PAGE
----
I have a number of problems with this PBS documentary, which was released in 2016. First and foremost, it takes the lead word in its title, “Spillover,” from David Quammen’s 2013 book: “Spillover: Animal Infections and the Next Human Pandemic.” But it never once mentions this, nor interviews the author. It is a book that is rising to the top of my list of essential reads.
There are a number of important aspects to this documentary. First and foremost is that it exists and is at least an effort to educate the public on a threat, far greater than war, international or domestic terrorism, random murders or even the drug abuse epidemic, that is likely to kill them. Dr. Thomas Frieden, the former CDC Director, a prime source in this documentary, does not equivocate: there is a 100% chance that another global pandemic will be caused by a “spillover” of a disease from the animal kingdom. I fully agree. In the last half century, the number of “spillover diseases” has quadrupled. Though only mentioned in passing, HIV/AIDS is one that is still on-going, and has killed 40-50 million people.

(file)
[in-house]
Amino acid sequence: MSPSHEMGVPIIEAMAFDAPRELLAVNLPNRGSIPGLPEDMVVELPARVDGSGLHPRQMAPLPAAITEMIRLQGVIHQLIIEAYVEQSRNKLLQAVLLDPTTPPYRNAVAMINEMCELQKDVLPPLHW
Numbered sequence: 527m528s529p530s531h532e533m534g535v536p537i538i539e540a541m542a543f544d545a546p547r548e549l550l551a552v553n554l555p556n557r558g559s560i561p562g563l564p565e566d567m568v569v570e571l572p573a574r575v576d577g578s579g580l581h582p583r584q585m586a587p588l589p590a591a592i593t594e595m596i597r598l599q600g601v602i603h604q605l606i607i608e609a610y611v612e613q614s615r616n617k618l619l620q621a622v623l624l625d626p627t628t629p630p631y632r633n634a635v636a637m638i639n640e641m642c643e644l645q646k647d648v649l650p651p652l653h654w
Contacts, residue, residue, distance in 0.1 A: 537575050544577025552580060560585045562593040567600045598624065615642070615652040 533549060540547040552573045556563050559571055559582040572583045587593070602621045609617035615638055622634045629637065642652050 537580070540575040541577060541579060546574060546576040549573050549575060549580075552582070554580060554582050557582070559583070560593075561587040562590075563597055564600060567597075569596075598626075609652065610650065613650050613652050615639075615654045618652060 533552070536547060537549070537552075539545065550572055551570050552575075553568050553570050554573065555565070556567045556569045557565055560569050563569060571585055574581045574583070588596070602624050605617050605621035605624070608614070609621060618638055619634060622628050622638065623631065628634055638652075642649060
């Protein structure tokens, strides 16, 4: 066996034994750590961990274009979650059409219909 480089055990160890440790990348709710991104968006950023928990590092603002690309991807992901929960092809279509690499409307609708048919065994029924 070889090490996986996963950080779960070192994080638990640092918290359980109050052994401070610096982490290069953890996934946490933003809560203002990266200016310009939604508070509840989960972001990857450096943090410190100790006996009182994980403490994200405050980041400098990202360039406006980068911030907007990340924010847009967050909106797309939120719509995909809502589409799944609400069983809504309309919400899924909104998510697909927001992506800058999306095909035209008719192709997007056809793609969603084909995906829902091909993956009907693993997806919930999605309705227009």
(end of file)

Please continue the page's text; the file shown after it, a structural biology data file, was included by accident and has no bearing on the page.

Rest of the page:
As reflected in the title, the documentary largely focuses on humankind’s experience with the Zika and Ebola viruses. The illness caused by Ziki was generally considered to be mild, not much more than a cold, except, when it came to pregnant women, where it would invade the fetal brain, destroy tissue and cause permanent damage to the baby. Numerous very sad segments were shown in Brazil of mothers with their infants who had microcephaly, a permanent deformation of the skull. Ebola has been with humankind for quite a while. It did, however, explode into a real public health threat in three countries in West Africa: Liberia, Sierra Leone, and Guinea, with “patient zero” determined to be a two year old boy, who died December 13, 2013, with numerous relatives, as well as hospital workers, succumbing shortly thereafter. The documentary also covered the Nipah virus, found in Bangladesh, with the transmission vector being raw date sap, considered to be a delicacy there, being harvested between December and March each year. Bat urine can contaminate the sap. Hum.
The documentary briefly mentions that the growth in human population is a significant factor in increasing the frequency and future prospects for the next pandemic. One interviewee said he was born in 1948, when the global human population was 1.6 billion (Google provided another estimate of 2.5 billion). Today it is approximately 7.3 billion. The pressing of human population against animal habitats increases the likelihood of the transmission of what is called zoonotic diseases (from the animal kingdom).